On May 15, 2014, the United States filed a notice of substitution pursuant to 28 U.S.C. § 2679(d)(1) for Defendants Bouldin, Morrissey, and Kline as set forth in the Federal Tort Claims Act, 28 U.S.C. § 2675, et seq., with respect to the state law claims of assault and battery raised against them as they were acting within the scope of their federal office or employment during the relevant time-frame. (D.I. 70). The United States moves for dismissal of the claims against it for lack of subject matter jurisdiction pursuant to Fed.R.Civ.P. 12(b)(1) (D.I. 71), Bouldin moves for dismissal of the Bivens claims raised against him pursuant to Fed. R. Civ, P. 12(b)(6) (D.I. 72), and the City of Wilmington and Defendant Wilmington Police Department move to dismiss the claims raised against them in the amended complaint pursuant to Fed.R.Civ.P. 12(b)(6). (D.I. 100). In addition, Plaintiff requests counsel. (D.I. 105, 113).


Standards of Review

Fed. R. Civ. P. 12(b)(1). Rule 12(b)(1) of the Federal Rules of Civil Procedure permits the dismissal of an action for "lack of subject matter jurisdiction." A Rule 12(b)(1) motion may be treated as either a facial or factual challenge to the court's subject matter jurisdiction. See Constitution Party of Pa. v. Aichele, 757 F.3d 347, 357-58 (3d Cir. 2014). "In reviewing a facial attack, the court must only consider the allegations of the complaint and documents referenced therein and attached thereto, in the light most favorable to the plaintiff.'" Id. at 358 (quoting In re Schering Plough Corp. v. Intron, 678 F.3d 235, 243 (3d Cir. 2012)). In reviewing a factual attack, the court may consider evidence outside the pleadings. Mortensen v. First Fed. Say. and Loan Ass'n, 549 F.2d 884, 891 (3d Cir. 1977).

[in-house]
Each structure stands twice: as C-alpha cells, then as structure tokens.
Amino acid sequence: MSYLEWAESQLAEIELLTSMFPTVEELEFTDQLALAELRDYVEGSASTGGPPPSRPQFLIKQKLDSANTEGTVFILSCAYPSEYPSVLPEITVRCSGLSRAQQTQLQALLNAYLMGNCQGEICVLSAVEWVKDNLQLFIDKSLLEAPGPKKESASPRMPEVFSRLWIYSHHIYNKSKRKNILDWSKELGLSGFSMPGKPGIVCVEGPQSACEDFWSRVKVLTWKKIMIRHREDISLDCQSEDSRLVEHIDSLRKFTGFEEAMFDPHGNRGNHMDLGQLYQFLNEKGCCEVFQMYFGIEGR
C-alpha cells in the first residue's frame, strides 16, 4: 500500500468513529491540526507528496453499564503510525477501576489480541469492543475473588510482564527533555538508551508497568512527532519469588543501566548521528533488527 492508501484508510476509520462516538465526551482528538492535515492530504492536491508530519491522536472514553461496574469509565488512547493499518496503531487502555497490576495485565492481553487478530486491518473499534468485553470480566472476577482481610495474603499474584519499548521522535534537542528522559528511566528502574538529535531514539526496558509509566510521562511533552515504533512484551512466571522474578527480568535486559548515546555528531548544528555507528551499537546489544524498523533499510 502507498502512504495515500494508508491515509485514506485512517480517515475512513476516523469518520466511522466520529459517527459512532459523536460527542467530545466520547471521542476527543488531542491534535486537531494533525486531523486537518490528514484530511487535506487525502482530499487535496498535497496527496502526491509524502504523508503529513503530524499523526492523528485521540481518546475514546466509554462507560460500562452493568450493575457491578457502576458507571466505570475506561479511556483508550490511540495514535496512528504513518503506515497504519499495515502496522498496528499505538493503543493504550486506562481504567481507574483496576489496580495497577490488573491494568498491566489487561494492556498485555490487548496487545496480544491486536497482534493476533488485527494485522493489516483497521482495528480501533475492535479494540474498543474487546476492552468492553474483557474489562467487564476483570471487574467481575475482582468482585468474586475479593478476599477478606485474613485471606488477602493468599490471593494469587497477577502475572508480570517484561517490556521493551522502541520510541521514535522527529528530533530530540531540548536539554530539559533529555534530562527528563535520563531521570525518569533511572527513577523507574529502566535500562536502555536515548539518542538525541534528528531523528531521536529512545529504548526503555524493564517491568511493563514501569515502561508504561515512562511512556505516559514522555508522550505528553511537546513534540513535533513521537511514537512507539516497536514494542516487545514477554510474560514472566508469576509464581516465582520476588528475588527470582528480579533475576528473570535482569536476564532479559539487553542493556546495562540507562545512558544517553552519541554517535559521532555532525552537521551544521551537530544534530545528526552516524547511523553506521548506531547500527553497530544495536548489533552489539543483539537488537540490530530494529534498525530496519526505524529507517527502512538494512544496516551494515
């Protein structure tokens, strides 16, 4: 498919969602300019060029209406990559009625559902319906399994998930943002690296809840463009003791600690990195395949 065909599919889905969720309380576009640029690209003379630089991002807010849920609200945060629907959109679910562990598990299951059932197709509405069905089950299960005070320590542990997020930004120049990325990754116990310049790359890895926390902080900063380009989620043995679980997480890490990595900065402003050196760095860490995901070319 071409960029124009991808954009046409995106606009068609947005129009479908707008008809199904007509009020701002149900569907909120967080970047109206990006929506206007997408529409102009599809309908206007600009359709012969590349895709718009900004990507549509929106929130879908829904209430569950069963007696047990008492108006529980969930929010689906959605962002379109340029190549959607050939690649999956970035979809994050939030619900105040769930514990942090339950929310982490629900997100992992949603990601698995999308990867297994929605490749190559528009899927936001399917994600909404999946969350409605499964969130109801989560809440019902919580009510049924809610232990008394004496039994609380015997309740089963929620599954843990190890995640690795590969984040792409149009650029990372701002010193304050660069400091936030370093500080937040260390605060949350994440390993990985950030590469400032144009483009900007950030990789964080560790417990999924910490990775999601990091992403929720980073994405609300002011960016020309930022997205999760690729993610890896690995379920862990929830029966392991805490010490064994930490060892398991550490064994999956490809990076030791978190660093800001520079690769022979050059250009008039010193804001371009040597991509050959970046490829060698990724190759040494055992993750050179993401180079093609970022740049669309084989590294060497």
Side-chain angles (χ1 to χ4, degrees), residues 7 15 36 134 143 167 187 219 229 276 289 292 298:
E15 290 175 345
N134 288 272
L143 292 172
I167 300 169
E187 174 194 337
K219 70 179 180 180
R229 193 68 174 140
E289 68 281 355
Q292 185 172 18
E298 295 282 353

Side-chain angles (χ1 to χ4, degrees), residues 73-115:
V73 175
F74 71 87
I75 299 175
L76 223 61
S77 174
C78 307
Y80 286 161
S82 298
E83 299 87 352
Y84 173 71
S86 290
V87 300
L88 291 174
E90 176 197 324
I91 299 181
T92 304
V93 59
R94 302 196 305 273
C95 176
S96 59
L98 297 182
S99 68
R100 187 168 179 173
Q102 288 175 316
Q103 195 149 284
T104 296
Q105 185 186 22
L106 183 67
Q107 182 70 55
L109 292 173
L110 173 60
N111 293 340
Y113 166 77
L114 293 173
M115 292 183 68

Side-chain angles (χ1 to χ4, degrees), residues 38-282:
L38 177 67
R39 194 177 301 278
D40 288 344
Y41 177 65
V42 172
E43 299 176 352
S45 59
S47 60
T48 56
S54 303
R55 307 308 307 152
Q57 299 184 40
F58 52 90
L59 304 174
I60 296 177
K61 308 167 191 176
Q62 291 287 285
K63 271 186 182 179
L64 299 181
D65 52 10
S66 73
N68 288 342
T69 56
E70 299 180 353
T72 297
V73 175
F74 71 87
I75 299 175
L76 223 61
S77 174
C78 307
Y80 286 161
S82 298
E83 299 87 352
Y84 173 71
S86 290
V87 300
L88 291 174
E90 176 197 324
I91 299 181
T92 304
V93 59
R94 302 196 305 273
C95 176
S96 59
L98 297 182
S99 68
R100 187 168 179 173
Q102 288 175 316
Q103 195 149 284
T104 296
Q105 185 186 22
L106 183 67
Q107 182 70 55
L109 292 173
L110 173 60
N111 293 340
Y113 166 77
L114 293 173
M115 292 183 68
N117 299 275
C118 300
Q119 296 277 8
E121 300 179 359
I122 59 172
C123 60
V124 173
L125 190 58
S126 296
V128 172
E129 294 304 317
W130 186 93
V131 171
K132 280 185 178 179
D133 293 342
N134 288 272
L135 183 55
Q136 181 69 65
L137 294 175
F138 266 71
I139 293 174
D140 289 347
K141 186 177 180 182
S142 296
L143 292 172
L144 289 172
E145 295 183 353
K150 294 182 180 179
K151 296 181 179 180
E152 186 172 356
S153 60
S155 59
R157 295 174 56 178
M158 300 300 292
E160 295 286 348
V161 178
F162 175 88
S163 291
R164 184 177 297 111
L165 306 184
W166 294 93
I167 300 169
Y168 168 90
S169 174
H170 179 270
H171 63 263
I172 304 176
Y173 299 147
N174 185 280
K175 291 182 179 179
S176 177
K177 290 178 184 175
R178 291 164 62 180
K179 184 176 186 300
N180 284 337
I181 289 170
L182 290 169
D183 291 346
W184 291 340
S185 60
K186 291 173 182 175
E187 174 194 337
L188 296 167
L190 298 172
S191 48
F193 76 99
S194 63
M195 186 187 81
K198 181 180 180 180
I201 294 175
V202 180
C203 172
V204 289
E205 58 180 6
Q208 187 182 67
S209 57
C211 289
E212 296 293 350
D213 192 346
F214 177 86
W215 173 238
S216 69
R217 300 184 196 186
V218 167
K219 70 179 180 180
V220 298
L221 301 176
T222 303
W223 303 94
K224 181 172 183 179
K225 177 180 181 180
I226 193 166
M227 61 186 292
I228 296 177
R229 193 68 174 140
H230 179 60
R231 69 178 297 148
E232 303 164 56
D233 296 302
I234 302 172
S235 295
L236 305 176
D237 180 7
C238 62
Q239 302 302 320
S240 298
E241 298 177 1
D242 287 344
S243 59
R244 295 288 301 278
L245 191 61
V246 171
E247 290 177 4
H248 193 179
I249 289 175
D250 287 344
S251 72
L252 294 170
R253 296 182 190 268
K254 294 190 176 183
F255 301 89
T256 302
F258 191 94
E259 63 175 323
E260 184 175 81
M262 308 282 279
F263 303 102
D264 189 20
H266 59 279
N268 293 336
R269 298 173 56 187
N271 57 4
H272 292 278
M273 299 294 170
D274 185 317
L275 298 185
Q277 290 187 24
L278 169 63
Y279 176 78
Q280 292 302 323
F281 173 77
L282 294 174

The United States' motion presents a factual attack upon subject matter jurisdiction, arguing that this Court lacks jurisdiction over the claims due to the plaintiffs failure to exhaust his administrative remedies. In reviewing a factual challenge, the court "is free to weigh the evidence and satisfy itself as to the existence of its power to hear the case, " even where disputed material facts exist. Id. at 891. In a factual challenge, the plaintiff has the burden of persuasion to show that jurisdiction exists. Id.

Fed. R. Civ. P. 12(b)(6). Under Rule 12(b)(6), a motion to dismiss may be granted only if, accepting the well-pleaded allegations in the complaint as true and viewing them in the light most favorable to the plaintiff, a court concludes that those allegations "could not raise a claim of entitlement to relief." Bell Atl. Corp. v. Twombly, 550 U.S. 544, 558 (2007). In deciding motions to dismiss pursuant to Rule 12(b)(6) courts generally consider only the allegations in the complaint, exhibits attached to the complaint, matters of public record, and documents that form the basis of a claim." Lum v. Bank of Am., 361 F.3d 217, 221 n.3 (3d Cir. 2004). "Though detailed factual allegations' are not required, a complaint must do more than simply provide labels and conclusions' or a formulaic recitation of the elements of a cause of action.'" Davis v. Abington Mem'l Hosp., 765 F.3d 236, 241 (3d Cir. 2014) (quoting Twombly, 550 U.S. at 555). To survive a ...